DeText provides a sophisticated design to support neural ranking with the following advantages:
- Support for state-of-the-art semantic understanding models (CNN/LSTM/BERT)
- Balance between efficiency and effectiveness (Figure 2)
- Provide high flexibility on module configurations
One important design principle is to achieve a good balance between efficiency and effectiveness to meet the industry standard. Regarding efficiency, we use a representation-based modeling structure that enables parallel computation and ease of deployment on various representation components without loss of relevance strength. Regarding effectiveness, clients can choose the state-of-the-art text encoders and leverage them in end-to-end training for specific applications. In addition, traditional hard-crafted features are carefully handled and combined with deep features to maximize the relevance performance.
Figure 2: DeText Neural Ranking Framework
As illustrated in Figure 2, given multiple source (queries, user profiles), target (documents) texts and traditional features, a DeText ranking model first computes the semantic relatedness between the sources and the targets. These semantic features are then combined with the hand-crafted traditional features to generate a final score for the source-target relevance. There are multiple components in a DeText ranking model with high flexibility in configuration:
- Input text data: The input text data are generalized as source and target texts. The source could be queries (in search systems) or user profiles (in recommender systems). The target could be the documents. Both source and target could have multiple fields.
- Word embedding layer: The sequence of words are transformed into an embedding matrix.
- Text embedding layer: DeText provides CNN/LSTM/BERT to extract text embedding. CNN/LSTM are provided as a lightweight solution with small latency. In other cases where complicated semantic meaning extraction is needed, BERT can be used.
- Interaction layer: Multiple interaction methods are available to compute deep features from the source and the target embeddings: Cosine Similarity, Hadamard Product, Concatenation, etc.
- Traditional feature processing: Feature normalization and element-wise rescaling is applied to the hand-crafted traditional features. By doing this, the deep learning models are at least as good as the shallow models.
- MLP layer: The deep features from the interaction layer are concatenated with the traditional features. These features are fed into a Multilayer Perceptron (MLP) layer to compute the final target score. The hidden layer in MLP is able to extract the non-linear combination of deep features and traditional features.
- LTR layer: The last layer is the learning-to-rank layer that takes multiple target scores as input. DeText provides the flexibility of choosing pointwise, pairwise or listwise LTR, as well as Lambda rank. In applications focusing on relative ranking, pairwise and listwise LTR can be used. When modeling the click probability is important, pointwise LTR can be used.
We have applied DeText in various LinkedIn applications. In search ranking, we have observed single to double digit lift of business metrics in people search, job search, and help center search. In these cases, the source text is query, and the target texts are the document fields. For example, in job search (Figure 3), the document fields are job title and company. The comparisons are in terms of BERT vs. CNN/LSTM, and CNN/LSTM vs. traditional models. Offline improvements on recommendation ranking has also been observed with online A/B tests in plan. In addition, significant online improvement is achieved in classification tasks such as query intent classification, and sequence completion tasks such as query autocomplete.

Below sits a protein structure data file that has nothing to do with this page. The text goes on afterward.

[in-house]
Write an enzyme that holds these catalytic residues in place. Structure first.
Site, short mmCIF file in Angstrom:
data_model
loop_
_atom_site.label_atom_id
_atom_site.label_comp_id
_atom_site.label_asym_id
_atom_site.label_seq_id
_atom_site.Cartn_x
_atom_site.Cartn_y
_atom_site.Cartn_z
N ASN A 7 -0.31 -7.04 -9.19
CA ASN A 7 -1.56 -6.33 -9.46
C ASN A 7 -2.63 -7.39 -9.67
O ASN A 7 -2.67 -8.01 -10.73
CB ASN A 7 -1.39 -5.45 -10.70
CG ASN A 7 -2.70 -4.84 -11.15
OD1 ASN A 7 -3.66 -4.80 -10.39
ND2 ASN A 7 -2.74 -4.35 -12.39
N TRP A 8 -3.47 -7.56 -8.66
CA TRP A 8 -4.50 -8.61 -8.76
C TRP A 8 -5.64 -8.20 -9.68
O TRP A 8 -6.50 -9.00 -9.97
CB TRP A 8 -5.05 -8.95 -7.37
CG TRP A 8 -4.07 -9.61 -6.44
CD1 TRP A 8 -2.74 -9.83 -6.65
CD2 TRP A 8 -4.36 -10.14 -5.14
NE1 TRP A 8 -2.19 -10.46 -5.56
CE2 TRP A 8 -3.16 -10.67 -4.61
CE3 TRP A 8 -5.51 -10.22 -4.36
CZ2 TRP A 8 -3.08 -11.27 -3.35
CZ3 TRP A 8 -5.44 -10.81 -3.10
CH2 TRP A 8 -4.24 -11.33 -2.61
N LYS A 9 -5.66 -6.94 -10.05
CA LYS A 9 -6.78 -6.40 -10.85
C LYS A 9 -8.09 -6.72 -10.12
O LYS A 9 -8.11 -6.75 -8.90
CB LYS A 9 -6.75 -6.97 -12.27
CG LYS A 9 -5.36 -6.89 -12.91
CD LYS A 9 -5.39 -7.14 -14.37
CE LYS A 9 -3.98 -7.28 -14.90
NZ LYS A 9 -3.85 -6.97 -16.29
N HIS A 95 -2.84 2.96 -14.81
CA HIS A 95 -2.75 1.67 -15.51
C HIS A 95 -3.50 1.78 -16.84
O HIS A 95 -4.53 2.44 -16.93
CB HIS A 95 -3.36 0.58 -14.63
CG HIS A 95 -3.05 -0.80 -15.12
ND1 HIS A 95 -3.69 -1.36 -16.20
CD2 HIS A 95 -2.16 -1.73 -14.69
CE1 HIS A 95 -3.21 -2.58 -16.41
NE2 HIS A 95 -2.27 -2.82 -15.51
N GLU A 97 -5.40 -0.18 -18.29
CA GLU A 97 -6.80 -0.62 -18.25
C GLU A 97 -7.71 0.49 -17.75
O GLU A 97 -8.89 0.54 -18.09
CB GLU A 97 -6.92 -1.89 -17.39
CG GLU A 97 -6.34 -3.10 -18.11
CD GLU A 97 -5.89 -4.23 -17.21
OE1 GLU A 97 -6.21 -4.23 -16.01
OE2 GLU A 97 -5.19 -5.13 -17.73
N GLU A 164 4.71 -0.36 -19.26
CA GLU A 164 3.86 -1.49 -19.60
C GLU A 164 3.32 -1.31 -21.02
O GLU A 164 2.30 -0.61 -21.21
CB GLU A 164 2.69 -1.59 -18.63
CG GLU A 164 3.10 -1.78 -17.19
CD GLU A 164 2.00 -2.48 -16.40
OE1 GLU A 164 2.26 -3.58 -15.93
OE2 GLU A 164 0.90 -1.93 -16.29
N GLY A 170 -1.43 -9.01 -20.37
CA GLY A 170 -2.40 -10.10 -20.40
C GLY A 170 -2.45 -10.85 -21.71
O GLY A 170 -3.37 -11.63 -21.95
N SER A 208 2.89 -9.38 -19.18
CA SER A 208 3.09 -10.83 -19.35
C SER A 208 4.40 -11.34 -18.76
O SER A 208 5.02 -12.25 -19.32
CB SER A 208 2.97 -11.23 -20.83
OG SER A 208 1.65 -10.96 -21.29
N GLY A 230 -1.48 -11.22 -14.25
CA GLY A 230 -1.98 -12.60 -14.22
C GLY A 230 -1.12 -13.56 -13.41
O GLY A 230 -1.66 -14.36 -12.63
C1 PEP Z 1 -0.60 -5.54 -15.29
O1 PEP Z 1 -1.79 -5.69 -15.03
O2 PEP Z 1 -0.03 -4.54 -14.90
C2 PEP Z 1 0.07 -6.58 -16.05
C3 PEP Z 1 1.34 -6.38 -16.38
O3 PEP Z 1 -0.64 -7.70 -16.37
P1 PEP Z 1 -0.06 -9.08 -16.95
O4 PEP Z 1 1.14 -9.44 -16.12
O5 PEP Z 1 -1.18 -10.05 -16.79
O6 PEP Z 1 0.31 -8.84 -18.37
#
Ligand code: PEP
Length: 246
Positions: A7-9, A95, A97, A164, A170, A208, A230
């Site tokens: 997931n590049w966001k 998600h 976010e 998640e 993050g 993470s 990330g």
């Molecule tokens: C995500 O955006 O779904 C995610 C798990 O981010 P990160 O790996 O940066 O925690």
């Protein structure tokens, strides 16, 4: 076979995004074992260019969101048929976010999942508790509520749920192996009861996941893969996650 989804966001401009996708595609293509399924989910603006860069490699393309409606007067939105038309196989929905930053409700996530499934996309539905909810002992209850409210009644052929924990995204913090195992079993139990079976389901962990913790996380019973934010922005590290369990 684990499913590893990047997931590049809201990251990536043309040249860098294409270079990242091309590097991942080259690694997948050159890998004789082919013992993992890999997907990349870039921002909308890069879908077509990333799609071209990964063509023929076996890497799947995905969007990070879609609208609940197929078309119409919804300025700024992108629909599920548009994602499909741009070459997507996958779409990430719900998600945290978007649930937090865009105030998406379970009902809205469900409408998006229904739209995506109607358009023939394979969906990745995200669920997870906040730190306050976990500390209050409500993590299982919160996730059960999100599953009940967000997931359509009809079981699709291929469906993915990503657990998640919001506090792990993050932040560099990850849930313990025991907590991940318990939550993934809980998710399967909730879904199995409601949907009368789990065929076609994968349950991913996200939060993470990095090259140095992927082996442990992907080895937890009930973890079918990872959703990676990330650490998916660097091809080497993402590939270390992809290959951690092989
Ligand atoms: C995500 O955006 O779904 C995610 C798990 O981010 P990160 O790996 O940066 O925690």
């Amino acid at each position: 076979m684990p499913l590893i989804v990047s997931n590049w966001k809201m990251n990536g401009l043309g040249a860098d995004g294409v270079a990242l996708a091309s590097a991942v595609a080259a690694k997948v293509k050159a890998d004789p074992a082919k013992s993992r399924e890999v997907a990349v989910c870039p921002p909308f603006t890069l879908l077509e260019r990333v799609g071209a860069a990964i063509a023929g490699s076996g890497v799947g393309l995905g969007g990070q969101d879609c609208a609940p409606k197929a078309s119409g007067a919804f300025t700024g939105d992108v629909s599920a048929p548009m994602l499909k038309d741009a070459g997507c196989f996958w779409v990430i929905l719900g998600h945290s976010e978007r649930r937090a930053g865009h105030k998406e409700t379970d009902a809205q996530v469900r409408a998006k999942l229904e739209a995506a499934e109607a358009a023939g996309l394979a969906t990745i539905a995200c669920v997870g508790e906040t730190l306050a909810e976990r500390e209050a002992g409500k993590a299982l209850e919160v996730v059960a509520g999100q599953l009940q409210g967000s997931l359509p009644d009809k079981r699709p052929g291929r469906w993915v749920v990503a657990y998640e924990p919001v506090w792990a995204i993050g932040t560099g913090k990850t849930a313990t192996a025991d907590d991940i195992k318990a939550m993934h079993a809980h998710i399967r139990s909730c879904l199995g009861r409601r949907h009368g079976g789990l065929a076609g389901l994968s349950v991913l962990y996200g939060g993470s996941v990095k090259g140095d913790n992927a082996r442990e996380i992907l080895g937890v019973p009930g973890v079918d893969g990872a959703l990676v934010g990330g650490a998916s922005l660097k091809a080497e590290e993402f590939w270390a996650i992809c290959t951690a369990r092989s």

Figure 3: Examples of search ranking systems at LinkedIn
Getting started with DeText
DeText uses the TensorFlow Estimator framework with TF-ranking integrated. If you’re interested in trying DeText for your application, please check out our GitHub repo. DeText is an active research project, and feedback and contributions from the community are welcome.
DeText is developed in the AI Foundations team at LinkedIn: Weiwei Guo, Xiaowei Liu, Sida Wang, Huiji Gao, and Bo Long. We thank Ananth Sankar, Liang Zhang, Bee-Chung Chen, Deepak Agarwal for their technical advice, fruitful discussions, and strong leadership support. We thank the following members for their seamless collaborations on experiments and infra support: Mingzhou Zhou, Yu Gan, Zhoutong Fu, Sandeep Jha, Zimeng Yang, Yu Liu, Jiadong Yin, Song Yan, Dylan Wang, Abhi Lad, Qi Guo, Haifeng Zhao, Meng Meng, Badrul Sarwar, Swanand Wakankar, Vitaly Abdrashitov, Cagri Ozcaglar, Nitin Panjwani, Lijun Peng, David Pardoe, Yi Zhang, Onkar Dalal, Kevin Kao, Jeffrey Lee, Caleb Johnson, Zinan Xing, Zeke Huang, Michael Chernyak, Xiaoxia Feng, Vikas Jain, Scott Banachowski, Pei-Lun Liao, Ann Yan, Yu Gong, Haitong Tian, Jimmy Guo, Keqiu Hu, Zhe Zhang, Sathish Kumar Palaniswami, Xinling Dai, James Gatenby, and Rachel Zhao.
Weiwei Guo, Huiji Gao, Jun Shi, Bo Long, Liang Zhang, Bee-Chung Chen, and Deepak Agarwal. "Deep Natural Language Processing for Search and Recommender Systems." In KDD 2019.
Weiwei Guo, Huiji Gao, Jun Shi, and Bo Long. "Deep Natural Language Processing for Search Systems." In SIGIR 2019.
Weiwei Guo, Xiaowei Liu, Sida Wang, Huiji Gao, Ananth Sankar, Zimeng Yang, Qi Guo, Liang Zhang, Bo Long, Bee-Chung Chen and Deepak Agarwal. "DeText: A Deep Text Ranking Framework with BERT". In CIKM 2020.
Sida Wang, Weiwei Guo, Huiji Gao, Bo Long. "Efficient Neural Query Auto Completion". In CIKM 2020.
Xiaowei Liu, Weiwei Guo, Huiji Gao, Bo Long. “Deep Search Query Intent Understanding”. Arxiv preprint arXiv:2008.06759 (2020)
Editor's note: This post has been updated with links to newly-available research from our blog authors and a slightly rephrased acknowledgments section.